The whole reason I started this blog was to stand up for formula feeders, since not too many people are doing so. The thing is, I really appreciate all the people talking about formula feeding on their blogs – I think it’s cathartic and wonderful – but so many of us feel like we need to defend our choices, tell why we couldn’t breastfeed, and reaffirm our dedication to nursing our future children. As if this kid, this experience, was a “one off”. I do it myself, to some degree.
But the more I entrench myself in this battle of breast vs. bottle, the more fired up I get. Just because it was the formula companies who used the concept of “choice” to defend their capitalistic marketing schemes does not negate the fact that it IS about choice. I know, lactivists, I know… your argument is that child endangerment is not about choice, and formula is poison, so therefore you need to declare out-and-out war on formula, regardless of the casualties. I am not qualified to debate the merit or statistical significance of single or meta-studies, as I was so kindly reminded by lactivist blogger Nursing Birth in her epic response to a comment I left on her blog about formula causing PPD (an issue that is close to my heart, for obvious reasons). However, I have set out on a journey to interview and discuss these issues with some amazing minds who are more than qualified to weigh in on the debate, and so far, one thing is abundantly clear: the facts are nowhere near as black and white as we’ve been led to believe.
But I digress. I spend the 12 hours a week that I am not with my son writing and researching on this topic, and in the process, I come across a lot of blogs, articles, and forum posts. A lot of them scare me. Or anger me. Some, I choose not to even “go there” with – like these idiots on Facebook – but when the author seems like a reasonable, authoritative voice on the other side of this debate, I often get the urge to respond. (This is the beauty of the Internet – all of us can spew our opinions wherever we like, without waiting for an editor to publish our comments).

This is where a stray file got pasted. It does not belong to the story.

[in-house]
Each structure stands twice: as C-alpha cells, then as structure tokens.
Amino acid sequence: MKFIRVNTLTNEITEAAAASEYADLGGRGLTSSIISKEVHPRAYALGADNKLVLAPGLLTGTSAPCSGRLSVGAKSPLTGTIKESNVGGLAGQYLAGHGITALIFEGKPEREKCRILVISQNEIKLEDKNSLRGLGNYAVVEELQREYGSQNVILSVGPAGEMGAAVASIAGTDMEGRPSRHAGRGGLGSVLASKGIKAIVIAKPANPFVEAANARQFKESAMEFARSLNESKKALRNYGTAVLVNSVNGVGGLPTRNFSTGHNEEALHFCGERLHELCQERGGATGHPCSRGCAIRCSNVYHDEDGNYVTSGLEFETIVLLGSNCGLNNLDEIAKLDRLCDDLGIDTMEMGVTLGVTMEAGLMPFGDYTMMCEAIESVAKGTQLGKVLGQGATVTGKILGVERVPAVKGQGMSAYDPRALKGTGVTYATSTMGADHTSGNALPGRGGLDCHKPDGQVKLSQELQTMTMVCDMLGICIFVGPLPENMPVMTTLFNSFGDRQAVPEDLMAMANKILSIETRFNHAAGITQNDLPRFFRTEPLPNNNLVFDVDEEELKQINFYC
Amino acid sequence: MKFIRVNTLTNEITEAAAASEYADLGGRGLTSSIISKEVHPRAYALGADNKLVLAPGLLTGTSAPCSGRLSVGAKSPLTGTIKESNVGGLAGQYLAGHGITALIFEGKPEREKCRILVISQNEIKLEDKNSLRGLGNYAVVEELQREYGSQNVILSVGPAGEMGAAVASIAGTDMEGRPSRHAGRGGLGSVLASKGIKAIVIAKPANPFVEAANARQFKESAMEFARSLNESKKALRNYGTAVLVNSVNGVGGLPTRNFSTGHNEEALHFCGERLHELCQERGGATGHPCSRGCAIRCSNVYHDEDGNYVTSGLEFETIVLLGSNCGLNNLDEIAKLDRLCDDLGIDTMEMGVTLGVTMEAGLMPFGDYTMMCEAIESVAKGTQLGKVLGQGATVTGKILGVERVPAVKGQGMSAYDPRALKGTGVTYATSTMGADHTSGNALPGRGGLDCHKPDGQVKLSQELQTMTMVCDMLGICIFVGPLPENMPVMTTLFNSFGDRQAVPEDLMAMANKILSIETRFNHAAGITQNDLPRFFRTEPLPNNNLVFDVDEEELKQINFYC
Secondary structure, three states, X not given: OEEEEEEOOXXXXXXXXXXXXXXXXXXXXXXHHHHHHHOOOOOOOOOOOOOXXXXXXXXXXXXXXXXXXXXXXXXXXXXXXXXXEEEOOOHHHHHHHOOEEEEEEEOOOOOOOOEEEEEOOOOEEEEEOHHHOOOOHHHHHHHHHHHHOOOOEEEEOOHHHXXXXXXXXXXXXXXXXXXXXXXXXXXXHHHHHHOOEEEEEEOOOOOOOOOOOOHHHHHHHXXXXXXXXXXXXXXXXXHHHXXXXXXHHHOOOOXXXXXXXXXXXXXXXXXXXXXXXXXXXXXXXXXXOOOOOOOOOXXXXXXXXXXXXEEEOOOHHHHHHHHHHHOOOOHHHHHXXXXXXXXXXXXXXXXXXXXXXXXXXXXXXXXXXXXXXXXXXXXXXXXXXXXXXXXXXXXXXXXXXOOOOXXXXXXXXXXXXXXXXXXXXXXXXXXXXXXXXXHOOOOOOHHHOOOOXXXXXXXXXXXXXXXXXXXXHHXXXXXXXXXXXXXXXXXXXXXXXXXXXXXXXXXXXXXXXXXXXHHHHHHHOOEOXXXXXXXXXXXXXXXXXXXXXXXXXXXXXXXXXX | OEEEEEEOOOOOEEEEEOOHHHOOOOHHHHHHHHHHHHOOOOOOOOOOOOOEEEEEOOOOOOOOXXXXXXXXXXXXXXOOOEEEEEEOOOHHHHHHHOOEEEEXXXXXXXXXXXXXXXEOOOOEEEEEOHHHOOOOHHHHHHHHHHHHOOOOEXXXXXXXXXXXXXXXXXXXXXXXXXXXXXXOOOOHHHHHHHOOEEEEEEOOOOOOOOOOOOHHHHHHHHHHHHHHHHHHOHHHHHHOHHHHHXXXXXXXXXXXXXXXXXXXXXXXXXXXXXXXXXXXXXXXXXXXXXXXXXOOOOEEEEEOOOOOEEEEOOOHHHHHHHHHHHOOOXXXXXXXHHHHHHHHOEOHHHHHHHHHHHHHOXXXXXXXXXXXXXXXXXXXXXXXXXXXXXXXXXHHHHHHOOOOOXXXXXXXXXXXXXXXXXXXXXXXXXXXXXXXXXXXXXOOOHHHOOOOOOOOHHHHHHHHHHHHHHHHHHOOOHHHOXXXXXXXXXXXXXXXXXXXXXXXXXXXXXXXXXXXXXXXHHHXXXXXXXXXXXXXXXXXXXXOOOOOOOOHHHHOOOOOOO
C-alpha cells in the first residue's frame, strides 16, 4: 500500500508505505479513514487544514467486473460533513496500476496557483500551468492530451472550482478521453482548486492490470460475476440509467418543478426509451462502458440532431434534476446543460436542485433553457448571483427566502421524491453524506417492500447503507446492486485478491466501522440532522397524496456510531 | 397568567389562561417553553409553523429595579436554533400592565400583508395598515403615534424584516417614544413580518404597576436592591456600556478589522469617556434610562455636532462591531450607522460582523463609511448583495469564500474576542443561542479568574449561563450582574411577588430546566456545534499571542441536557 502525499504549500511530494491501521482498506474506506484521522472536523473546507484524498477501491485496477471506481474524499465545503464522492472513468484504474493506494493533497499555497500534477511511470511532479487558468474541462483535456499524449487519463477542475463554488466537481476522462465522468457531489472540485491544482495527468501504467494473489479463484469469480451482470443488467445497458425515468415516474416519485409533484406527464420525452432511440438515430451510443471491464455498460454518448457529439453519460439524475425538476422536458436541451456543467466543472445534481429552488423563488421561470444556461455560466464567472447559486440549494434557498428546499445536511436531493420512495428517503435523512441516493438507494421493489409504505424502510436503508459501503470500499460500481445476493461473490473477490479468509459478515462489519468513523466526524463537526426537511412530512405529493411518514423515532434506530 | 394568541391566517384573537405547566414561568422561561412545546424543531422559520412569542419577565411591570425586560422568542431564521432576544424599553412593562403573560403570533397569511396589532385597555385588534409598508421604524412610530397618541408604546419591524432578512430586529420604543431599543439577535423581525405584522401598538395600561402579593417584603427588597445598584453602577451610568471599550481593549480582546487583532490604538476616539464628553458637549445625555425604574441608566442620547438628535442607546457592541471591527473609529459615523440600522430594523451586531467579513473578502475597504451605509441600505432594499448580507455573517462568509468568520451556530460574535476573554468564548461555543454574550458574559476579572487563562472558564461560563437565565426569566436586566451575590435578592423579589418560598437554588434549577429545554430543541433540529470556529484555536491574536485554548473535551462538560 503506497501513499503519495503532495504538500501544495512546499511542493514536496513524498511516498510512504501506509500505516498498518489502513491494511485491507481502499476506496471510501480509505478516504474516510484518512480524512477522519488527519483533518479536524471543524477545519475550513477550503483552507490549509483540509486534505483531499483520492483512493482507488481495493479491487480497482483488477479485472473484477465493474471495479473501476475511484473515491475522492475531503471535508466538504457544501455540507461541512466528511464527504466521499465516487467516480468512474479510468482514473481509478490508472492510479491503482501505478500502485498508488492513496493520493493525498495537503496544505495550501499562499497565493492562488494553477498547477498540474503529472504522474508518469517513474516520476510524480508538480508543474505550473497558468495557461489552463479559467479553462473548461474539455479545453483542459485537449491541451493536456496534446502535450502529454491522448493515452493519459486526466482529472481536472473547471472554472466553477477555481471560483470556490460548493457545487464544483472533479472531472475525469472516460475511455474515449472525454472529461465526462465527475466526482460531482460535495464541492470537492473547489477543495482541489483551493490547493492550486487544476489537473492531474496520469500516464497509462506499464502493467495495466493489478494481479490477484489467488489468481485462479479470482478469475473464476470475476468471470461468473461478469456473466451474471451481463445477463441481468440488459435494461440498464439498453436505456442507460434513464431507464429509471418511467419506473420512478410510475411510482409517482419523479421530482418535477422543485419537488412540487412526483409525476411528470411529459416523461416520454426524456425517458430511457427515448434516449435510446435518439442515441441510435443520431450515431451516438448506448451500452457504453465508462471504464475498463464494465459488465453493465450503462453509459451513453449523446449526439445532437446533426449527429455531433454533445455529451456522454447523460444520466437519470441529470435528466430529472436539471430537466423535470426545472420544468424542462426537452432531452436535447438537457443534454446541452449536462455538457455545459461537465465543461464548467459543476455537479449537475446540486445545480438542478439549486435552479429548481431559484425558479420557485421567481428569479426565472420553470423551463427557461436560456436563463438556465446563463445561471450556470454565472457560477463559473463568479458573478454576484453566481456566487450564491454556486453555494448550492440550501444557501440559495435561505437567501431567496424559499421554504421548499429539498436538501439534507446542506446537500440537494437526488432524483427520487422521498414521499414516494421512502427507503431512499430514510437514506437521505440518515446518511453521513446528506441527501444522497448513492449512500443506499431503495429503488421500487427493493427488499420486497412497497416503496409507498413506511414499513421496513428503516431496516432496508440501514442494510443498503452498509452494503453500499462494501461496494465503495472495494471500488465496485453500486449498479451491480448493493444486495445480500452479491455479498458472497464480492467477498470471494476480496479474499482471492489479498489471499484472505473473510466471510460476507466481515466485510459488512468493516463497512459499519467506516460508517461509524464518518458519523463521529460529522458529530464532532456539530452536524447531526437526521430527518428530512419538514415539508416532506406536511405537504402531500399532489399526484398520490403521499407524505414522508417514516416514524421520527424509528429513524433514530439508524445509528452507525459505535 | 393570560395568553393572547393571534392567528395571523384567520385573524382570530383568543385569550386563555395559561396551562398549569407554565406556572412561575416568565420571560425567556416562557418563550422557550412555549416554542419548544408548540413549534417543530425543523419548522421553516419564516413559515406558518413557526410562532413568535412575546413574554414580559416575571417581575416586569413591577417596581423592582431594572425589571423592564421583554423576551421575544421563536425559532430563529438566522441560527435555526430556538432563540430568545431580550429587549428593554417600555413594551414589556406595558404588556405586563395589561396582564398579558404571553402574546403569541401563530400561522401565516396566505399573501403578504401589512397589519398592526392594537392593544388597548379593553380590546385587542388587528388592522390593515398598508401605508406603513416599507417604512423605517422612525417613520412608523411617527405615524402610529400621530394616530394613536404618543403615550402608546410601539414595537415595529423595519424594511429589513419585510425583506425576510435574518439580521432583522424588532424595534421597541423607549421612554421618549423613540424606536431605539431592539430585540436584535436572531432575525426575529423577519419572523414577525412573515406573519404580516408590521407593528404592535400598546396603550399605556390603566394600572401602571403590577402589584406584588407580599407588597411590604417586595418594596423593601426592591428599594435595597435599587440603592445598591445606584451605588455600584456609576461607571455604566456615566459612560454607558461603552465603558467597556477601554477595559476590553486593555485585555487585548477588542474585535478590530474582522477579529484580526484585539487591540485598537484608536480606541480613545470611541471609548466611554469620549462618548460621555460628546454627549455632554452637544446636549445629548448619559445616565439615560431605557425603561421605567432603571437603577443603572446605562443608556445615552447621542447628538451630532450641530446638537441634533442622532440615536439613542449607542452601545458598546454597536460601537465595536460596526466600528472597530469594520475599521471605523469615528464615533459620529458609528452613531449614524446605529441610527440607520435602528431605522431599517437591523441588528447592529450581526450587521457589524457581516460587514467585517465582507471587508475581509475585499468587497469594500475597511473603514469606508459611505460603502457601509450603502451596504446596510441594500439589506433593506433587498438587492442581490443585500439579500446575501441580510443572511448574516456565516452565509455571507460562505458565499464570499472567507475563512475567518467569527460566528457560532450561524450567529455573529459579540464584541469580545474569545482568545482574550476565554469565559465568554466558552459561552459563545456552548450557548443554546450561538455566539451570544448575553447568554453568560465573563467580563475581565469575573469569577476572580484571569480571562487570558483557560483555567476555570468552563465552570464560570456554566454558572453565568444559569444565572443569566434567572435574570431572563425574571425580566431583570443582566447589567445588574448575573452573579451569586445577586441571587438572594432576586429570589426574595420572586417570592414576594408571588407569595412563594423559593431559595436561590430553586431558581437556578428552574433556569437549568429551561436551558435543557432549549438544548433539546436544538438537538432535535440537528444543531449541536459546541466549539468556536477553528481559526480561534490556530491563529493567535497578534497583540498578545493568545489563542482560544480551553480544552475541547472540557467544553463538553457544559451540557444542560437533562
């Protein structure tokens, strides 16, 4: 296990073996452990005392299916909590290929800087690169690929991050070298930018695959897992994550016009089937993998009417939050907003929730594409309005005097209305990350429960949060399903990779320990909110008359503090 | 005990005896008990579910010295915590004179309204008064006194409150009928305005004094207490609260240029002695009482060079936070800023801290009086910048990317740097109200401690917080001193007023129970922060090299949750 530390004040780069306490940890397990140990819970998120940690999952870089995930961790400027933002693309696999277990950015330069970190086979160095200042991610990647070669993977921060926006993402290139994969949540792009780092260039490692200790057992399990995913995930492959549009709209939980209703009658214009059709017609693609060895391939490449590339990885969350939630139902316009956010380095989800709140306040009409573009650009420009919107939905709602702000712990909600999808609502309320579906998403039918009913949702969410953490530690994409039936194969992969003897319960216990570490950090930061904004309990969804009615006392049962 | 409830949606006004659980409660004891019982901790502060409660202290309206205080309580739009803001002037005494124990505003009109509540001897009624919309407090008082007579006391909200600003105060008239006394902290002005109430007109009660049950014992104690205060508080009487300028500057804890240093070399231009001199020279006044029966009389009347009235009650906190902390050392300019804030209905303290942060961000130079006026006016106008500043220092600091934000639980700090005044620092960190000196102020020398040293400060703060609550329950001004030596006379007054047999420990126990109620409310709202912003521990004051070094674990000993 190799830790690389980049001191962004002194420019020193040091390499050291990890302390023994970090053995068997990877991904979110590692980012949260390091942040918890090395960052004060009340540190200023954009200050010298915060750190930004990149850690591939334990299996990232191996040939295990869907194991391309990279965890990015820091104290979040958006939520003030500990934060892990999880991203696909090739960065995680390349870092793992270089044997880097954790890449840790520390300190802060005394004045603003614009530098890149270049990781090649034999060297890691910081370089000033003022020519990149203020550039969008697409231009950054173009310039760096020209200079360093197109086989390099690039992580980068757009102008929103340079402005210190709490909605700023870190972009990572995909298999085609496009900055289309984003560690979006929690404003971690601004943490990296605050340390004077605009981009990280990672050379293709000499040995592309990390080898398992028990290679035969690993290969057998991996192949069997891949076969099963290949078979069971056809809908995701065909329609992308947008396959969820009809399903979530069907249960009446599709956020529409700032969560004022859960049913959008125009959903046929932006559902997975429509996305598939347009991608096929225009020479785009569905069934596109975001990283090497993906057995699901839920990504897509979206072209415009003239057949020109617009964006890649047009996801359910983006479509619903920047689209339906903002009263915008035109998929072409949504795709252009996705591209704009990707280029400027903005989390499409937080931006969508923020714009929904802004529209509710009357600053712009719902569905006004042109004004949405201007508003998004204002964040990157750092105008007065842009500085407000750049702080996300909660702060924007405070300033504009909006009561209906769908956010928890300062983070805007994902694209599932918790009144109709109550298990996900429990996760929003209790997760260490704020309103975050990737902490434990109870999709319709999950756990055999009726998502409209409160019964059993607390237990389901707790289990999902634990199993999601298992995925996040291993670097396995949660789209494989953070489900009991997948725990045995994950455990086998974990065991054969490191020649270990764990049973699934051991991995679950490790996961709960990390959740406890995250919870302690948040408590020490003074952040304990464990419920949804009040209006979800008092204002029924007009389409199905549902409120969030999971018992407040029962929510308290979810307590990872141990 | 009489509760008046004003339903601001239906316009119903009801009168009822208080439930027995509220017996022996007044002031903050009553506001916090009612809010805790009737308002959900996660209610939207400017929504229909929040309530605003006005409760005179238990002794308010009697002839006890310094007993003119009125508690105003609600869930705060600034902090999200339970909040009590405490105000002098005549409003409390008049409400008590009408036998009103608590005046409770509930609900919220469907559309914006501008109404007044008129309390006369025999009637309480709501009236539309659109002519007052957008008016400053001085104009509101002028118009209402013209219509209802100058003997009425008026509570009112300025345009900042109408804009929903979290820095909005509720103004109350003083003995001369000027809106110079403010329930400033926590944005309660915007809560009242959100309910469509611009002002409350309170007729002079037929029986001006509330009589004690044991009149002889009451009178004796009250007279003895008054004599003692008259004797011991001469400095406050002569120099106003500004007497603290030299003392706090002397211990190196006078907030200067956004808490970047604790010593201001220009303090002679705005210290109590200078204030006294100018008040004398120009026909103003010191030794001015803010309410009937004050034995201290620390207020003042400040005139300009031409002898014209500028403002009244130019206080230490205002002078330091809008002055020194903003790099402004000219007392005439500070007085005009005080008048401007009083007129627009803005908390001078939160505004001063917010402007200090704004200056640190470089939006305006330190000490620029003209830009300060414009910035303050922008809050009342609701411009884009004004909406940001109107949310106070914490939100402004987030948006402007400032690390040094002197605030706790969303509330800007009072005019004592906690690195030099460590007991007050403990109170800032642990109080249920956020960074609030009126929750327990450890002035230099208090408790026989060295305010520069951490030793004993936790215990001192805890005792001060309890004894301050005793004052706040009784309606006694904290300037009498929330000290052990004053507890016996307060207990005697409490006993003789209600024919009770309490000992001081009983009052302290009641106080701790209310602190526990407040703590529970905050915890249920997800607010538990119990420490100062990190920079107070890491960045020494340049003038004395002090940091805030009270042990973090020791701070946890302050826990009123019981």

What I’ve learned is this: it is no fun being on the minority side of public opinion. The lactivists love to position themselves as “victims”, but guys, this is so played out. I realize that some ignorant assholes still get pissy when a woman nurses in public, and that is just plain wrong. But in terms of the medical community, and the mom community, breastfeeders are held up on a pedastal. Formula feeders are villified. And yet you don’t see many “formula feeding support groups”. I am one of only two women in my Southern California mom community (over 50 people) that is formula feeding. This qualifies as a minority. But I’m not holding myself up as a victim. I own my choices and do not claim that advertisers, a corrupt medical field, or anyone else is “at fault” for my breastfeeding failure.
As I’ve said before, my stance is ardently pro-breastfeeding – when it is right for mom and baby. I don’t see supporting formula feeders as hurting the rights of my breastfeeding sisters. I would be happy to campaign on your behalf – I would gladly attend a nurse-in and flash my non-lactating breasts in support of you all (hell, I have flashed them for far less noble causes) – but the extreme faction of your group has alienated me to a point where I feel like I need to equally militant to defend my formula feeding sisters. It’s like the Israeli-Palestinian conflict, but over milk instead of land. (Although isn’t that “the land of milk and honey”? Hmm…)
I have never heard any of the Fearless Formula Feeders (or not-so-fearless, closeted formula feeders) I’ve talked to disparage breastfeeding in any way. All they have expressed is support for breastfeeding rights with the caveat that their choices be respected as well.
One last thing- Nursing Birth questioned my educational background, so I’m going for full disclosure. I have a Bachelor of Science in Speech from Northwestern University. I’m the former editor of a local parenting magazine. I write about health, wellness and women’s interest issues for a variety of online and print publications. And I’m a mom. That’s it.
And that’s all I’m saying about that.